Chaos at the End (5)

More about the bedlam in Saigon as the North Vietnamese surrounded the city:

The Ambassador, persuaded that the North Vietnamese would never attack Saigon, threw every roadblock he could think of into the path of those getting ready for the evacuation. He inanely clung to the specifications of the 1973 peace agreement with the North Vietnamese that no more than fifty members of the U.S. military could be in Vietnam at any given time. He insisted that the U.S. not violate the agreement even though the North Vietnamese had obviously abandoned any pretense of abiding by it. They had already seized two-thirds of South Vietnam by military force and had surrounded Saigon with eighteen divisions.

I have described several times in this blog the final three days during the fall of Saigon before I and my two communicators escaped under fire. We were holed up in the comms center of my office. Although we couldn’t get out to see it happening, chaos in the streets of Saigon had become rampant. The mobs were everywhere and had surrounded our compound. They were now ten to fifteen people deep, becoming more unruly by the hour, demanding evacuation.

Bob and Gary and I gave up trying to sleep. We had little food left. It was snacks we’d been able to cadge from a hotel bar while we could still get out into the streets. Starting on Monday, 28 April, the North Vietnamese shelled us. A C-130 transport aircraft on the airstrip behind the building blew up. The building next door to us was destroyed. Two Marine guards at our gate were killed. The shelling continued on and off through next day as Marine helicopters flew in from the U.S. 7th Fleet cruising out of sight from land in the South China Sea. Bob and Gary went out by chopper the afternoon of Tuesday, 29 April. I went out that night in the pouring rain, after the North Vietnamese were already in the streets of the city. I was later diagnosed with amoebic dysentery, ear damage, pneumonia from lack of sleep and inadequate diet, and Post-Traumatic Stress Injury (PTSI).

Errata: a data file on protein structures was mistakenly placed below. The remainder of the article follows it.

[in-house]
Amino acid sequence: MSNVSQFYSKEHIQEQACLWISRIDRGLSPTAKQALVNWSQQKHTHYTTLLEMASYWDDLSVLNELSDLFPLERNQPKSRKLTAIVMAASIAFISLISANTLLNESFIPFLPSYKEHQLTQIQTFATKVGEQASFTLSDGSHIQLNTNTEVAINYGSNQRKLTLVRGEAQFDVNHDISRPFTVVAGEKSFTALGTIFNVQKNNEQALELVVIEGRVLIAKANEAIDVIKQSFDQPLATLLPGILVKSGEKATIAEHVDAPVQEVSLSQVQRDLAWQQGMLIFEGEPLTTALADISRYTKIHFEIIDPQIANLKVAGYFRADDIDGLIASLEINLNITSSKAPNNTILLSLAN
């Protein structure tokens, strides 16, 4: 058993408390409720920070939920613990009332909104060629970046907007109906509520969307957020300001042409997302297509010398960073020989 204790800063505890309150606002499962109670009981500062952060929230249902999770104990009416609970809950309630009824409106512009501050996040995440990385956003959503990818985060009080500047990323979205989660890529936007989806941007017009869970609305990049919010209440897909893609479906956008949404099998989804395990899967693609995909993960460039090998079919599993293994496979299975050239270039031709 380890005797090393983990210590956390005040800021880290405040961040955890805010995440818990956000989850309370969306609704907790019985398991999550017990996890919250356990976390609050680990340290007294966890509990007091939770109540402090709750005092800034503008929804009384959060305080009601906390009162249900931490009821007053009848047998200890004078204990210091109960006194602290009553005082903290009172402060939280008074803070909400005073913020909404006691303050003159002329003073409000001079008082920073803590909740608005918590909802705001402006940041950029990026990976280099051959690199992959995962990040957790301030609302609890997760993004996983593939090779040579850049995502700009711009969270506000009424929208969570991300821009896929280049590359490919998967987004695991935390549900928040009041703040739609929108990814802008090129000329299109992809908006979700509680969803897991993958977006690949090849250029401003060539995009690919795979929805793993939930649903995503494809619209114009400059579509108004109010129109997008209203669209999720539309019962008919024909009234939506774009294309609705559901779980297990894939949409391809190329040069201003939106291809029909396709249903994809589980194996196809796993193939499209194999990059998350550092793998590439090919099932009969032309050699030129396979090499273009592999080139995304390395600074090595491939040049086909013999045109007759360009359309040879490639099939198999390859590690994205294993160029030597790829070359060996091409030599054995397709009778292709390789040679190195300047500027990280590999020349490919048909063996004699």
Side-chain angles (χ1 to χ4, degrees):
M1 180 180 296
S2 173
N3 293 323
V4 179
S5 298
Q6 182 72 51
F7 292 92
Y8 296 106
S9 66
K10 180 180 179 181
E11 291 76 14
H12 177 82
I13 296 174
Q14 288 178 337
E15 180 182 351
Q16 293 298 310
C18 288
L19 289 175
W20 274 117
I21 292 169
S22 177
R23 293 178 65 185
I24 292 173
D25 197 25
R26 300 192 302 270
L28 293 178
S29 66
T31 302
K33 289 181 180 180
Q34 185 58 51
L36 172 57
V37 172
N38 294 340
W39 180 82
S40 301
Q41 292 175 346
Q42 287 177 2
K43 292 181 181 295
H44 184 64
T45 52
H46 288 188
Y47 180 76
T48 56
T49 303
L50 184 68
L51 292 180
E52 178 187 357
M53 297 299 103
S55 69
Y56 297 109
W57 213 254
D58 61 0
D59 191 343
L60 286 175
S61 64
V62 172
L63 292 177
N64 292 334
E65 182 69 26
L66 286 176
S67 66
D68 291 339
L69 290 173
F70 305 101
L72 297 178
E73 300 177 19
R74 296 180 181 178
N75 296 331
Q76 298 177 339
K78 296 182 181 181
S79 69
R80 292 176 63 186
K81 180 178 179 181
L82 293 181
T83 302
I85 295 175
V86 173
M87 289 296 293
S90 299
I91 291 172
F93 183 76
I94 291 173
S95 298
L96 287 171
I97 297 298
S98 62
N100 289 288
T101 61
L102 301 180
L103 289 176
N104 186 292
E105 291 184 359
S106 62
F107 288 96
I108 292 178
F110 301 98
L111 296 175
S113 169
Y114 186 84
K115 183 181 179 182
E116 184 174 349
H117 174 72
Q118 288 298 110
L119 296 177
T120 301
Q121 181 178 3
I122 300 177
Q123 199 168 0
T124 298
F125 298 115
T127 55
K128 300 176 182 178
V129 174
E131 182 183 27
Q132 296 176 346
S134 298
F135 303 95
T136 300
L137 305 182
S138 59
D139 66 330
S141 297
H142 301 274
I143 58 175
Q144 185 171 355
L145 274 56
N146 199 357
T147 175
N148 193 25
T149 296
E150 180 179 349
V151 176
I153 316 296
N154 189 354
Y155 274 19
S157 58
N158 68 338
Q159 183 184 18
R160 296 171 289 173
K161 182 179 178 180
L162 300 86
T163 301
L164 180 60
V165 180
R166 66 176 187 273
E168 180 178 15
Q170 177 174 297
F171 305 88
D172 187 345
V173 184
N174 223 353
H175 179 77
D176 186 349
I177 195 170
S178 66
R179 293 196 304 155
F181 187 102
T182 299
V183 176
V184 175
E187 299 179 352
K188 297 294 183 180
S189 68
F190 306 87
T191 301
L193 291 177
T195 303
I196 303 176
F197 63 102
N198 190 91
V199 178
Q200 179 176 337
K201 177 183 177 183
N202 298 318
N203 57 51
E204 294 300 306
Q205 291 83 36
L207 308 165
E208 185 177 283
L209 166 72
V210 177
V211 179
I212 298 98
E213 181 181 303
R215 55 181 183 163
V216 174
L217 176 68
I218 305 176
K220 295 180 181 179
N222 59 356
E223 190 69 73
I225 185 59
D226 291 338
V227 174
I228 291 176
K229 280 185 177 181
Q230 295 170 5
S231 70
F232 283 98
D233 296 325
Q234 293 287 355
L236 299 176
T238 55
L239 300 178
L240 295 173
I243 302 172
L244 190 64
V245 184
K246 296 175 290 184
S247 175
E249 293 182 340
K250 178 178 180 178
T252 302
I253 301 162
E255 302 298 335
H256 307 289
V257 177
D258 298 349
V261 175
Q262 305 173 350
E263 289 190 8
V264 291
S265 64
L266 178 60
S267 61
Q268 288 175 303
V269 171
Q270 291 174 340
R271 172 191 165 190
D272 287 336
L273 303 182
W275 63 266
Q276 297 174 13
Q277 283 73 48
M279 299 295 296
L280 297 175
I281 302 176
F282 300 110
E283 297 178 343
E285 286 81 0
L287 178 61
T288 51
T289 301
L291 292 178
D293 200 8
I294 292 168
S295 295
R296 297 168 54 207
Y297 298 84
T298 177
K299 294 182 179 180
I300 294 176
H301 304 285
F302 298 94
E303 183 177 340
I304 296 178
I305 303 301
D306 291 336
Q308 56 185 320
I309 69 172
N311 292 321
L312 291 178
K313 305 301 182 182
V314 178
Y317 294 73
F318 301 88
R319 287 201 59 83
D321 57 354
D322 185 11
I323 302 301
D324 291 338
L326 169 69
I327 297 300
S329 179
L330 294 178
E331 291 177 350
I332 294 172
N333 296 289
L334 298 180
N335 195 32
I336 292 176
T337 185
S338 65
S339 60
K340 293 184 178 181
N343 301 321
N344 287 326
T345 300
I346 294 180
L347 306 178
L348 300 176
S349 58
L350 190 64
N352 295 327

The chaos ended the next day, Wednesday, 30 April, when the North Vietnamese completed their conquest of South Vietnam and occupied Saigon. The 2700 South Vietnamese soldiers who had worked with my organization over my thirteen years on and off in Vietnam were all killed or captured by the North Vietnamese.

The chaos was over everywhere but in the souls of those of us who lived through those infamous days. The chaos continues in me. My PTSI will be always with me.

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